The term is not synonymous with IBM PC compatibility, as this implies a multitude of other computer hardware.

Apple Inc.

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American multinational technology company that specializes in consumer electronics, software and online services headquartered in Cupertino, California, United States.

American multinational technology company that specializes in consumer electronics, software and online services headquartered in Cupertino, California, United States.

In 1976, Steve Jobs co-founded Apple in his parents' home on Crist Drive in Los Altos, California. Although it is widely believed that the company was founded in the house's garage, Apple co-founder Steve Wozniak called it "a bit of a myth". Jobs and Wozniak did, however, move some operations to the garage when the bedroom became too crowded.
Apple's first product, the Apple I, designed by Steve Wozniak, was sold as an assembled circuit board and lacked basic features such as a keyboard, monitor, and case. The owner of this unit added a keyboard and wooden case.
The Apple II Plus, introduced in 1979, designed primarily by Wozniak
The Macintosh, released in 1984, is the first mass-market personal computer to feature an integral graphical user interface and mouse.
The PenLite is Apple's first prototype of a tablet computer. Created in 1992, the project was designed to bring the Mac OS to a tablet – but was canceled in favor of the Newton.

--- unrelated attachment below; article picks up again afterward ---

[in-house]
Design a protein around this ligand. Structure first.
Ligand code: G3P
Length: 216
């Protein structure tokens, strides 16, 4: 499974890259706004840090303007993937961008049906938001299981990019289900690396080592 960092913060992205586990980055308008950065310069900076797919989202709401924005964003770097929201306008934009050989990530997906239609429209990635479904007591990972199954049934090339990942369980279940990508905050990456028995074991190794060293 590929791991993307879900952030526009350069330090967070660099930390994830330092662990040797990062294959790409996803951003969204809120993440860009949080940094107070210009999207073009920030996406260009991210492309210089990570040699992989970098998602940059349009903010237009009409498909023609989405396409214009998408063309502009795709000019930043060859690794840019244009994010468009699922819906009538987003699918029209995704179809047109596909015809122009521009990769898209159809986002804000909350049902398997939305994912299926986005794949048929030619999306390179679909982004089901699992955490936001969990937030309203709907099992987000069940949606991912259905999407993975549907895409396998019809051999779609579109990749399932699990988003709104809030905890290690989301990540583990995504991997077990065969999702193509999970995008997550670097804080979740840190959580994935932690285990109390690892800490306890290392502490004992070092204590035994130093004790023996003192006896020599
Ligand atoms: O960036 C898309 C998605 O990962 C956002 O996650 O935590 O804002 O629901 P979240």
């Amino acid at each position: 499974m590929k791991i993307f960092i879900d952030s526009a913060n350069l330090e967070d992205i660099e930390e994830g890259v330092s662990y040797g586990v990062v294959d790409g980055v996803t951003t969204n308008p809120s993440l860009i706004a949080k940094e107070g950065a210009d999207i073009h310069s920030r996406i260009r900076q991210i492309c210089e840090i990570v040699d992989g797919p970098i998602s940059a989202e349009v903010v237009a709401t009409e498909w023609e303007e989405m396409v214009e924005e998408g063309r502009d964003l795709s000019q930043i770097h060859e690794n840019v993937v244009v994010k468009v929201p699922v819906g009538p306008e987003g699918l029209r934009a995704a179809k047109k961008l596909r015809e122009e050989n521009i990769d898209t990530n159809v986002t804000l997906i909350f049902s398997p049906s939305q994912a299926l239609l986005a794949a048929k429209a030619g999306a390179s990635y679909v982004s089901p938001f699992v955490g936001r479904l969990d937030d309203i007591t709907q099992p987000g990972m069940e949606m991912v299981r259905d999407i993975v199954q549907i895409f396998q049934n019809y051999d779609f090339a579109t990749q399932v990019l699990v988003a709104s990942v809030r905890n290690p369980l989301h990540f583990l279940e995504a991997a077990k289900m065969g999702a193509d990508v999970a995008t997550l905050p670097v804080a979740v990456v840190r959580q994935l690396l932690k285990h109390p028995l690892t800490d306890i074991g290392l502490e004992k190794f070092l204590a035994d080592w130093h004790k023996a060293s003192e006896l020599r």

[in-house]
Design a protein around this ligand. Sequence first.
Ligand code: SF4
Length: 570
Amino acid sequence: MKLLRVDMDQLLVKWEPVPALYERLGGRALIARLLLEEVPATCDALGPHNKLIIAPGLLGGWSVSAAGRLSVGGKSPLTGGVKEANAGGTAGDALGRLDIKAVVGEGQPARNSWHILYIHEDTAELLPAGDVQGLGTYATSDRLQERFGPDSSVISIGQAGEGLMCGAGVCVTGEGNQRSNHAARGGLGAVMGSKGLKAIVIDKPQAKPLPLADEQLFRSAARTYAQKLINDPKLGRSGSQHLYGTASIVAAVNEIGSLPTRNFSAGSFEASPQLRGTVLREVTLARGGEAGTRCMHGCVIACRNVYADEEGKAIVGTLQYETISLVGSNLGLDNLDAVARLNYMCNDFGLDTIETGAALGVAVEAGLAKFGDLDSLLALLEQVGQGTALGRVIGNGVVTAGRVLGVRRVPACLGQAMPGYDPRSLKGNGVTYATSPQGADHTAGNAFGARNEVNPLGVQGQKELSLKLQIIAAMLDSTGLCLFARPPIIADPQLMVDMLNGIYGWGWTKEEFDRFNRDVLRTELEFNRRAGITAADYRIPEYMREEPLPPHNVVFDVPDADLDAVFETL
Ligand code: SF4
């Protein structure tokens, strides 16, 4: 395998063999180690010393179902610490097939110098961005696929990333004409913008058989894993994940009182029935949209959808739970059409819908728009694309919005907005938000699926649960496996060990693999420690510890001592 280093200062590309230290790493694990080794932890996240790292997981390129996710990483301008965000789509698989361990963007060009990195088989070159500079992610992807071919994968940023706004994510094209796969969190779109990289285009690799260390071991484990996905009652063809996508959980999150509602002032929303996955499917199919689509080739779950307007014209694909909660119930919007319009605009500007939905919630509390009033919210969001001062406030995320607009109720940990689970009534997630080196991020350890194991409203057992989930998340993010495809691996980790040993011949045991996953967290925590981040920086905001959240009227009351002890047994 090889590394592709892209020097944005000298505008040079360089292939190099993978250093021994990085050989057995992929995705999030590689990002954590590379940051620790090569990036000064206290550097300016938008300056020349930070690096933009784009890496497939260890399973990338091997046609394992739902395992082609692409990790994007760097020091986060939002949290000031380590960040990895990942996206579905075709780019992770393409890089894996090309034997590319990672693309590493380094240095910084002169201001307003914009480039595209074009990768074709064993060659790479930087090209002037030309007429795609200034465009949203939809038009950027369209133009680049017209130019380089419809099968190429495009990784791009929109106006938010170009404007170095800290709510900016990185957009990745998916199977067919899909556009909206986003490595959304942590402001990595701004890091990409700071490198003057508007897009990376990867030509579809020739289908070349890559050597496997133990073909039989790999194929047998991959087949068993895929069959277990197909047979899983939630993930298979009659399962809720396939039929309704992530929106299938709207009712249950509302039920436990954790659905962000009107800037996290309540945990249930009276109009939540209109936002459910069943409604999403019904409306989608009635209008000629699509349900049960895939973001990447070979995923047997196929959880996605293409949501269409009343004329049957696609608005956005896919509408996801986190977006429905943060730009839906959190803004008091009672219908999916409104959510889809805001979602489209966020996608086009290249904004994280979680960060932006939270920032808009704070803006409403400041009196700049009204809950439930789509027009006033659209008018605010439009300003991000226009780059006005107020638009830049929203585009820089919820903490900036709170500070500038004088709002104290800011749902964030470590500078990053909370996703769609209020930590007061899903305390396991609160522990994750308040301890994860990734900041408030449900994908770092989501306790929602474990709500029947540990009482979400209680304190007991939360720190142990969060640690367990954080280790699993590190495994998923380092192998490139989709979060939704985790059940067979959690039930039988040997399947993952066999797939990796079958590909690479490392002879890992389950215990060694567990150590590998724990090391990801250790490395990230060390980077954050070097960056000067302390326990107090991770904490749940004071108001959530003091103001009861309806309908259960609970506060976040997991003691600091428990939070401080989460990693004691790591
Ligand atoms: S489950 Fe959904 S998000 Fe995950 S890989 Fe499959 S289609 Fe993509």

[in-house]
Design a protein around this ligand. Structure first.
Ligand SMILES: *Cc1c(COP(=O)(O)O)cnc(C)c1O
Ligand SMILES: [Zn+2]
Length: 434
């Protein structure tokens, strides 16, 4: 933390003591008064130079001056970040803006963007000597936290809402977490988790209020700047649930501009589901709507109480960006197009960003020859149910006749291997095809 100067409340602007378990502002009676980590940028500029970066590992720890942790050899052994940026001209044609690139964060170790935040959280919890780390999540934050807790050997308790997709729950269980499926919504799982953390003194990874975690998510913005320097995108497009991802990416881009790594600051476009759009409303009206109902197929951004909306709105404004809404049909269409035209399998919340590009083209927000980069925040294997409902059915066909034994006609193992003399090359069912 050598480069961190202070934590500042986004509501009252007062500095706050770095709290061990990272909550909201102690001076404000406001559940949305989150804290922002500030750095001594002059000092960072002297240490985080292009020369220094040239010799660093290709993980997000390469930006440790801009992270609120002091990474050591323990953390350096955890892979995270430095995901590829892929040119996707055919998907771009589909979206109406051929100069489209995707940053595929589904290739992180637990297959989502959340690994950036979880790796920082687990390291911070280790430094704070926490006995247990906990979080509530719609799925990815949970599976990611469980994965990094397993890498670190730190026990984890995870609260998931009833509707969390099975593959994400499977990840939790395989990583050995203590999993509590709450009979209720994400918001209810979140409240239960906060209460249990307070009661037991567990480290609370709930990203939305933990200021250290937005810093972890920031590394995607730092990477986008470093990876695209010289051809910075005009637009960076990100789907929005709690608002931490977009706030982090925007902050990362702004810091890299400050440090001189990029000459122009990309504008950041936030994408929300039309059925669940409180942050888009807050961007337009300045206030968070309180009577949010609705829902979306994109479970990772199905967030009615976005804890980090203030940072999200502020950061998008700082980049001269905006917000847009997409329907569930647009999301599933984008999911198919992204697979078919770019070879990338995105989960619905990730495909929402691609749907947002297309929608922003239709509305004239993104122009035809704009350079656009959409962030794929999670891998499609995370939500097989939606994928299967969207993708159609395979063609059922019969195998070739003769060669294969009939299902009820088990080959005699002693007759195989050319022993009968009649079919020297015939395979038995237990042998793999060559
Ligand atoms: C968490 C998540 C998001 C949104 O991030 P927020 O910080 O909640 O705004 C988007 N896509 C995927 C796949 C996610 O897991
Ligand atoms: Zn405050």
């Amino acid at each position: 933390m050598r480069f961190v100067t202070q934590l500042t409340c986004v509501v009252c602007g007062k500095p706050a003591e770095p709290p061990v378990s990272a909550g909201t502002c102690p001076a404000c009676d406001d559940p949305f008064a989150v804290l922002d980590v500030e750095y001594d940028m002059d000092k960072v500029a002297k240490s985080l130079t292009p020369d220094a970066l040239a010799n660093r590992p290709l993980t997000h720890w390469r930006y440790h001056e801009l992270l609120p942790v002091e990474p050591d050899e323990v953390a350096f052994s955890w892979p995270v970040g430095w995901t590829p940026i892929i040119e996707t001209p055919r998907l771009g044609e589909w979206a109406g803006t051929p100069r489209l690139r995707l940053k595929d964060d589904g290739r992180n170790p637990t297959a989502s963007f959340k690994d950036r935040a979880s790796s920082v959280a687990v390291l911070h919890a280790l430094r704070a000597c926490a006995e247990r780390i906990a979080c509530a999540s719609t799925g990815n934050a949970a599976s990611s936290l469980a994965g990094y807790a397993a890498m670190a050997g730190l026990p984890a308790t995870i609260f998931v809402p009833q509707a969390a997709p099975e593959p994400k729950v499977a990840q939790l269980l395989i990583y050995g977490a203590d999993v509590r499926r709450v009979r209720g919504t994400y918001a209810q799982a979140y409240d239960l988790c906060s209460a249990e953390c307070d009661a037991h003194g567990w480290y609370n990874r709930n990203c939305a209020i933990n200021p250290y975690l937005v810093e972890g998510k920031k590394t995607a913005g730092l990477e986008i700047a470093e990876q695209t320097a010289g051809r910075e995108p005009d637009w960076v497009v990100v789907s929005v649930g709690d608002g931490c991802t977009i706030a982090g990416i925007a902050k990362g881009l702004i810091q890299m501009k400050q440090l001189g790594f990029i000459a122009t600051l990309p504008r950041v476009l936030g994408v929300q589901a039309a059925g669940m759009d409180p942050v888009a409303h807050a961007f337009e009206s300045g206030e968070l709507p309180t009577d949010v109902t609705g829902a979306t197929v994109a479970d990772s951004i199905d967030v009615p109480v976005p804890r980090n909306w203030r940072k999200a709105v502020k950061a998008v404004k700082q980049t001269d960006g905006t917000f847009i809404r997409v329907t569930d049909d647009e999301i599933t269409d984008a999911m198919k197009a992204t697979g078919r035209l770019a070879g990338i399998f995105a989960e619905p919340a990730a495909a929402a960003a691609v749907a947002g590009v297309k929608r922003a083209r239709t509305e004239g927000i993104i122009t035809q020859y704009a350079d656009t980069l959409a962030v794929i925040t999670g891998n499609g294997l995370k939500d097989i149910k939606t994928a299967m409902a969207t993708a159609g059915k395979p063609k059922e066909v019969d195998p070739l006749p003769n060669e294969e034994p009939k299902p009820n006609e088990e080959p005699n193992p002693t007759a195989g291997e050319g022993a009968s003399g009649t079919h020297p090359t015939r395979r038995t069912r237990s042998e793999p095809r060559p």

The MacBook Pro, Apple's first laptop with an Intel microprocessor, introduced in 2006
Newly announced iPhone on display at the 2007 MacWorld Expo
Apple customers wait in line around an Apple Store in Shanghai in anticipation of a new product.
Apple Campus (1 Infinite Loop)
Apple Fifth Avenue, the flagship store in New York City
The Genius Bar at Apple's Regent Street store in London
The Apple store in the Carnegie Library of Washington D.C. maintains the building's historic exterior design.
Steve Wozniak and Andy Hertzfeld at the Apple User Group Connection club in 1985
Universities with the most alumni at Apple
PRISM: a clandestine surveillance program under which the NSA collects user data from companies like Facebook and Apple.

As the market for personal computers expanded and evolved throughout the 1990s, Apple lost considerable market share to the lower-priced duopoly of the Microsoft Windows operating system on Intel-powered PC clones (also known as "Wintel").